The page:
All data are presented as mean±SEM. The SPSS 11.5 statistical software program (SPSS/Windows, SPSS Inc, Chicago, IL, USA) was used for inter-group comparisons. Analysis of variance was used to examine differences between the groups. The LSD t-test was used to make multiple comparisons between groups. Significance was defined as P<0.05.
The Ca2+ concentration increased in the blood after the addition of QC, but the Na+ and K+ concentrations decreased. The Ca2+ concentrations were 3.49±0.25 mmol/L (50 mg QC group) and 3.94±0.49 mmol/L (100 mg QC group), which were much higher than the Ca2+ concentrations in the control group (1.19±0.03 mmol/L) (P<0.05). However, the Na+ and K+ concentrations were significantly lower (P<0.05) in the 100 mg and 50 mg QC groups than that in the control group. These alterations were dose-dependent. The Ca2+concentration was higher (P=0.016) in the 100 mg QC group than that in the 50 mg QC group, but the Na+concentration was lower (P=0.037) in the 100 mg QC group than that in the 50 mg QC group. No differences in pH or Cl− concentration were observed between the three groups (Table 1).
Electrolyte concentrations were altered in the saline solution after the addition of zeolite. No Ca2+ was detected in the saline solution without QC, but the Ca2+ concentrations in the 50 mg QC and 100 mg QC groups were 0.80±0.02 mmol/L and 2.07±0.33 mmol/L, respectively. The Na+ concentrations in the 50 mg QC (147.48±0.21 mmol/L) and 100 mg QC groups (145.15±0.56 mmol/L) were significantly lower (P<0.05) than the Na+ concentrations in the control group (149.10±0.06 mmol/L). Significant differences in the Ca2+ and Na+ concentrations were observed between the 50 mg QC and 100 mg QC groups (P<0.05). No differences in the pH and Cl− concentrations were observed between the three groups (Table 2).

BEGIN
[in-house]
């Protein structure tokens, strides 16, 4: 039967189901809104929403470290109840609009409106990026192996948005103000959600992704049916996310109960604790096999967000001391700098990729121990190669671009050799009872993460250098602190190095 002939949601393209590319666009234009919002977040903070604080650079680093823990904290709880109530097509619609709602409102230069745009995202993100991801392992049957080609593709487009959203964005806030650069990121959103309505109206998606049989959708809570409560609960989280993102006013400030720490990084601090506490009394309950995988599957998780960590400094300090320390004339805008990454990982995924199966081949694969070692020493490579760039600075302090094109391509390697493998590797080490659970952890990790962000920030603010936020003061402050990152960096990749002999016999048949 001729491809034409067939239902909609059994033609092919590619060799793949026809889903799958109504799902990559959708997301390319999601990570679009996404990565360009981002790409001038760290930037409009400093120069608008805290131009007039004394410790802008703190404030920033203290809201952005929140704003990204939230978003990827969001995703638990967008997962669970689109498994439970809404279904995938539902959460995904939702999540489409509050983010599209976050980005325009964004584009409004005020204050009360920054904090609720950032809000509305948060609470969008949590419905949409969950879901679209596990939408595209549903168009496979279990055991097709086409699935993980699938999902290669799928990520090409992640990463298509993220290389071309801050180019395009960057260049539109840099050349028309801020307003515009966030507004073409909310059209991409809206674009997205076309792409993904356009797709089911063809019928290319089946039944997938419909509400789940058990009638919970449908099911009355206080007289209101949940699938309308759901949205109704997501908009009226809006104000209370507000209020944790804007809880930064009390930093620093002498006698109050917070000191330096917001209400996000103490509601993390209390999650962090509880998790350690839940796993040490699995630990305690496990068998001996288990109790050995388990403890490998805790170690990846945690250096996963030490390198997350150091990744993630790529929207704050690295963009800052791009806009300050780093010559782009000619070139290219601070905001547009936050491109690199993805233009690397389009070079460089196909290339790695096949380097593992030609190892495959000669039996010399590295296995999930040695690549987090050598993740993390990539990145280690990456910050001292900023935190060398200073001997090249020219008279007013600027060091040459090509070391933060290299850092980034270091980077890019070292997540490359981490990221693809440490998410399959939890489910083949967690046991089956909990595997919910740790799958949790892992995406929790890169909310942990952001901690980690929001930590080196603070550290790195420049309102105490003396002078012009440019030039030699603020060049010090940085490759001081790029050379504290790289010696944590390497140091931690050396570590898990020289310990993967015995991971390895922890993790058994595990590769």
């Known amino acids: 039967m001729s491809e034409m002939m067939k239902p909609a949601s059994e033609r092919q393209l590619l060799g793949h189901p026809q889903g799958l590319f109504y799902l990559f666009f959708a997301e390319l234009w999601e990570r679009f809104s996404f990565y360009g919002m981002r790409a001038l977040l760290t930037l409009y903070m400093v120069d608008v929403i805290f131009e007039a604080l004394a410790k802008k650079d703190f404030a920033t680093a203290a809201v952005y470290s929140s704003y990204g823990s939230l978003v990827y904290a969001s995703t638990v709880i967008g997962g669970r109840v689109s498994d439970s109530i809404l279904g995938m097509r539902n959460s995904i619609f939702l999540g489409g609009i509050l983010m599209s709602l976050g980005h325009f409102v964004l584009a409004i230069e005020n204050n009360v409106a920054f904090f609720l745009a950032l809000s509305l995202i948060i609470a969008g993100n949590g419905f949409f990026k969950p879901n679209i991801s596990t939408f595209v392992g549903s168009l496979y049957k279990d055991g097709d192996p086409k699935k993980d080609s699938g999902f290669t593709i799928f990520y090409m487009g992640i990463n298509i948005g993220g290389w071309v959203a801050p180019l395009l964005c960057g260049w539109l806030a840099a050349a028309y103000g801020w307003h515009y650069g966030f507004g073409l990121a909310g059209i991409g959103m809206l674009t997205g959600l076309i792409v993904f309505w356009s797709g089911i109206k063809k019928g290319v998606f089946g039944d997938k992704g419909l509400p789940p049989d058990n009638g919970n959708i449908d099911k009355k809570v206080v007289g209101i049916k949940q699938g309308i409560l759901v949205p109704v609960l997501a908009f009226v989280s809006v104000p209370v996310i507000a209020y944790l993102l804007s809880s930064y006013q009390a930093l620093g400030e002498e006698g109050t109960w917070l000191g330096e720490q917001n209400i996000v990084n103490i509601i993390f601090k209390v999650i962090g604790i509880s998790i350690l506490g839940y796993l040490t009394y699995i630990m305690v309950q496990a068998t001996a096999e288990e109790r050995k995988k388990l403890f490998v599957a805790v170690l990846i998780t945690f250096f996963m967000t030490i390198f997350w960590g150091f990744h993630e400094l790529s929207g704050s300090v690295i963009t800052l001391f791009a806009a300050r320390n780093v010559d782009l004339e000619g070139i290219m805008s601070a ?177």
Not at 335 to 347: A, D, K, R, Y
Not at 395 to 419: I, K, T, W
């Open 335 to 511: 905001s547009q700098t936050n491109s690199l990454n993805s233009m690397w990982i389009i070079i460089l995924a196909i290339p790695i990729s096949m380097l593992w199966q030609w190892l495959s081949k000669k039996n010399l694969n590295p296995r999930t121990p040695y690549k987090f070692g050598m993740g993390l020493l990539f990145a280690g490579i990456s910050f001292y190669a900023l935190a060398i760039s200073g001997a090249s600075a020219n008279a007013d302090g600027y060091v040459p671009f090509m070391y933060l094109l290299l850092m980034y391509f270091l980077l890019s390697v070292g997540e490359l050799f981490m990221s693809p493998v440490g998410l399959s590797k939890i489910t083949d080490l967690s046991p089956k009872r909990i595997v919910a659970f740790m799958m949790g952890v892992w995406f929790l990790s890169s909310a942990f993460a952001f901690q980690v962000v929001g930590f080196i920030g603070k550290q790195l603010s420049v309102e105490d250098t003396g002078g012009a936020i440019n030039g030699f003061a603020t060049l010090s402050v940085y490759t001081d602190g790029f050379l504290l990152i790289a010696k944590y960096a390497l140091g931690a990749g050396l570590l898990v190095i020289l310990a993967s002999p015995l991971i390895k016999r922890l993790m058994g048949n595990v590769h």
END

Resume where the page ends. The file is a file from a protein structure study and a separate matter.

None of the studied components was detected in DWS. Minute amounts of Si4+ (0.1389 g/L), Al3+ (0.1318 g/L), Na+ (0.0764 g/L) and Ca2+ (0.0665 g/L) were detected in ZDWS. No elements, other than Na+ and Cl−, were detected in SS. Na+ (2.6870 g/L), Ca2+ (1.0610 g/L), Si4+ (0.2434 g/L) and Al3+ (0.2575 g/L) were detected in ZSS. The ratio of Si4+ to Al3+ in ZSS and ZDWS was approximately equal to 1. The Si4+ and Al3+ concentrations in ZSS were not more than twice the corresponding concentrations in ZDWS. However, the Ca2+ concentration in ZSS was more than 15 times the Ca2+ concentration in ZDWS (Table 3).
APTT is commonly used for the evaluation of the intrinsic pathway of blood coagulation in the clinic. Our results demonstrated that the APTTs were 25.16±4.03 s (ZSS1 group), 28.51±2.47 s (ZSS2 group) and 32.65±2.12 s (ZSS3 group). The APTTs in the ZSS1 and ZSS2 groups were shorter (P<0.05) than those in the ZSS3 group. However, all APTTs were significantly shorter (P<0.05) than those in the SS (41.53±3.37 s) and control groups (40.94±3.09 s). The APTT for the SS group was not significantly different from that of the control group. No difference in PT was observed between the groups (Table 4).
The average ACT for the ZSS group (106.38±18.10 s) was significantly shorter (P<0.05) than that of the control group (178.88±22.39 s). The ACT of the SS group was not significantly different from that of the control group. No differences in the CR were observed between the three groups (Table 5).